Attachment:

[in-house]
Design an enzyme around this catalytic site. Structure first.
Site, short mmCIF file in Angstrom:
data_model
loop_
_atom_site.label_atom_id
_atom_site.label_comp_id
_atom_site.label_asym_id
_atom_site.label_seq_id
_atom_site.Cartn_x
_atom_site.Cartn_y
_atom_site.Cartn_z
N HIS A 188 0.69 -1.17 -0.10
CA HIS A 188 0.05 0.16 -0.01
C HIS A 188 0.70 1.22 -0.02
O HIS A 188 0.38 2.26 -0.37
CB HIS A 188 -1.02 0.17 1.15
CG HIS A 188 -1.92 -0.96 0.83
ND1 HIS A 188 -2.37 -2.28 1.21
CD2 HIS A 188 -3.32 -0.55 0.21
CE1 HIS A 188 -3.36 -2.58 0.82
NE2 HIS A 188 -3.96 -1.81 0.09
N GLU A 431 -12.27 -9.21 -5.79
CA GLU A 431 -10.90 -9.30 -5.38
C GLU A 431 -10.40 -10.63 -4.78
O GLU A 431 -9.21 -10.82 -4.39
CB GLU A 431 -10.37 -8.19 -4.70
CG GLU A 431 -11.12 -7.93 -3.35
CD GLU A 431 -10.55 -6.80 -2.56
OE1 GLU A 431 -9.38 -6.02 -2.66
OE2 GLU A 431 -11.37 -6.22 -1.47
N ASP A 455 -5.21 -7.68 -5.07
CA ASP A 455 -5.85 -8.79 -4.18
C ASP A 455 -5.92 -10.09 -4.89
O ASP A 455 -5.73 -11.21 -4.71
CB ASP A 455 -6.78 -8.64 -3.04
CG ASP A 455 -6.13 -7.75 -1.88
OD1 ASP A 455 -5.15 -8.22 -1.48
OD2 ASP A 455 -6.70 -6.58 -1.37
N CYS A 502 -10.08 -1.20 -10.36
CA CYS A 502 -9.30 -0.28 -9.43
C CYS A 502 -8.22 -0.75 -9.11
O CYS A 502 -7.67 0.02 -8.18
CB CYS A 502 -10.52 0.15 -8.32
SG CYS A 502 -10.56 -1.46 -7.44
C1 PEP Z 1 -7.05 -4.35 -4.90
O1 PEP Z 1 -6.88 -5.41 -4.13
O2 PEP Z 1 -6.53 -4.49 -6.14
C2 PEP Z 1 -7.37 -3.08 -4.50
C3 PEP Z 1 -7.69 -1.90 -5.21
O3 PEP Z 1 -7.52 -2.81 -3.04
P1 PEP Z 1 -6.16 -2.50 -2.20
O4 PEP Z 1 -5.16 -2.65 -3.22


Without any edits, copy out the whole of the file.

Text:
[in-house]
Design an enzyme around this catalytic site. Structure first.
Site, short mmCIF file in Angstrom:
data_model
loop_
_atom_site.label_atom_id
_atom_site.label_comp_id
_atom_site.label_asym_id
_atom_site.label_seq_id
_atom_site.Cartn_x
_atom_site.Cartn_y
_atom_site.Cartn_z
N HIS A 188 0.69 -1.17 -0.10
CA HIS A 188 0.05 0.16 -0.01
C HIS A 188 0.70 1.22 -0.02
O HIS A 188 0.38 2.26 -0.37
CB HIS A 188 -1.02 0.17 1.15
CG HIS A 188 -1.92 -0.96 0.83
ND1 HIS A 188 -2.37 -2.28 1.21
CD2 HIS A 188 -3.32 -0.55 0.21
CE1 HIS A 188 -3.36 -2.58 0.82
NE2 HIS A 188 -3.96 -1.81 0.09
N GLU A 431 -12.27 -9.21 -5.79
CA GLU A 431 -10.90 -9.30 -5.38
C GLU A 431 -10.40 -10.63 -4.78
O GLU A 431 -9.21 -10.82 -4.39
CB GLU A 431 -10.37 -8.19 -4.70
CG GLU A 431 -11.12 -7.93 -3.35
CD GLU A 431 -10.55 -6.80 -2.56
OE1 GLU A 431 -9.38 -6.02 -2.66
OE2 GLU A 431 -11.37 -6.22 -1.47
N ASP A 455 -5.21 -7.68 -5.07
CA ASP A 455 -5.85 -8.79 -4.18
C ASP A 455 -5.92 -10.09 -4.89
O ASP A 455 -5.73 -11.21 -4.71
CB ASP A 455 -6.78 -8.64 -3.04
CG ASP A 455 -6.13 -7.75 -1.88
OD1 ASP A 455 -5.15 -8.22 -1.48
OD2 ASP A 455 -6.70 -6.58 -1.37
N CYS A 502 -10.08 -1.20 -10.36
CA CYS A 502 -9.30 -0.28 -9.43
C CYS A 502 -8.22 -0.75 -9.11
O CYS A 502 -7.67 0.02 -8.18
CB CYS A 502 -10.52 0.15 -8.32
SG CYS A 502 -10.56 -1.46 -7.44
C1 PEP Z 1 -7.05 -4.35 -4.90
O1 PEP Z 1 -6.88 -5.41 -4.13
O2 PEP Z 1 -6.53 -4.49 -6.14
C2 PEP Z 1 -7.37 -3.08 -4.50
C3 PEP Z 1 -7.69 -1.90 -5.21
O3 PEP Z 1 -7.52 -2.81 -3.04
P1 PEP Z 1 -6.16 -2.50 -2.20
O4 PEP Z 1 -5.16 -2.65 -3.22